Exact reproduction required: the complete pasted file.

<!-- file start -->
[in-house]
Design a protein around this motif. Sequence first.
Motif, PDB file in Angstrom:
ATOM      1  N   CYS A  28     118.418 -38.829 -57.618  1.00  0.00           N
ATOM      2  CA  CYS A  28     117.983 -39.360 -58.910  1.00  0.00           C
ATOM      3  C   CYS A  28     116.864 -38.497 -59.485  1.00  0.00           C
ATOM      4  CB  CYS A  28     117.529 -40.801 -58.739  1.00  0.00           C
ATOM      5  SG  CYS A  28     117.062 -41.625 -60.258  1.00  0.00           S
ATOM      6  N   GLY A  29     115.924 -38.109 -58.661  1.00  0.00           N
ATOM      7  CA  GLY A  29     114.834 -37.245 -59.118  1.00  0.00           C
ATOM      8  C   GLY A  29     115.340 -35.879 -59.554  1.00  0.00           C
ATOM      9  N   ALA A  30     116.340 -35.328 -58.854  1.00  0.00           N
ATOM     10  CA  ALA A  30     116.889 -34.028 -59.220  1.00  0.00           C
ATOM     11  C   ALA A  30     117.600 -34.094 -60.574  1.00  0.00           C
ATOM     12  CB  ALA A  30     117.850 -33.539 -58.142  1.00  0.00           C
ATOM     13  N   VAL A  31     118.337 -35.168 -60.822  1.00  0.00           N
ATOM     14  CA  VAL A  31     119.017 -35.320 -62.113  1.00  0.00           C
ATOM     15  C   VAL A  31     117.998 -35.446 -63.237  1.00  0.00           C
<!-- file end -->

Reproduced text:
[in-house]
Design a protein around this motif. Sequence first.
Motif, PDB file in Angstrom:
ATOM      1  N   CYS A  28     118.418 -38.829 -57.618  1.00  0.00           N
ATOM      2  CA  CYS A  28     117.983 -39.360 -58.910  1.00  0.00           C
ATOM      3  C   CYS A  28     116.864 -38.497 -59.485  1.00  0.00           C
ATOM      4  CB  CYS A  28     117.529 -40.801 -58.739  1.00  0.00           C
ATOM      5  SG  CYS A  28     117.062 -41.625 -60.258  1.00  0.00           S
ATOM      6  N   GLY A  29     115.924 -38.109 -58.661  1.00  0.00           N
ATOM      7  CA  GLY A  29     114.834 -37.245 -59.118  1.00  0.00           C
ATOM      8  C   GLY A  29     115.340 -35.879 -59.554  1.00  0.00           C
ATOM      9  N   ALA A  30     116.340 -35.328 -58.854  1.00  0.00           N
ATOM     10  CA  ALA A  30     116.889 -34.028 -59.220  1.00  0.00           C
ATOM     11  C   ALA A  30     117.600 -34.094 -60.574  1.00  0.00           C
ATOM     12  CB  ALA A  30     117.850 -33.539 -58.142  1.00  0.00           C
ATOM     13  N   VAL A  31     118.337 -35.168 -60.822  1.00  0.00           N
ATOM     14  CA  VAL A  31     119.017 -35.320 -62.113  1.00  0.00           C
ATOM     15  C   VAL A  31     117.998 -35.446 -63.237  1.00  0.00           C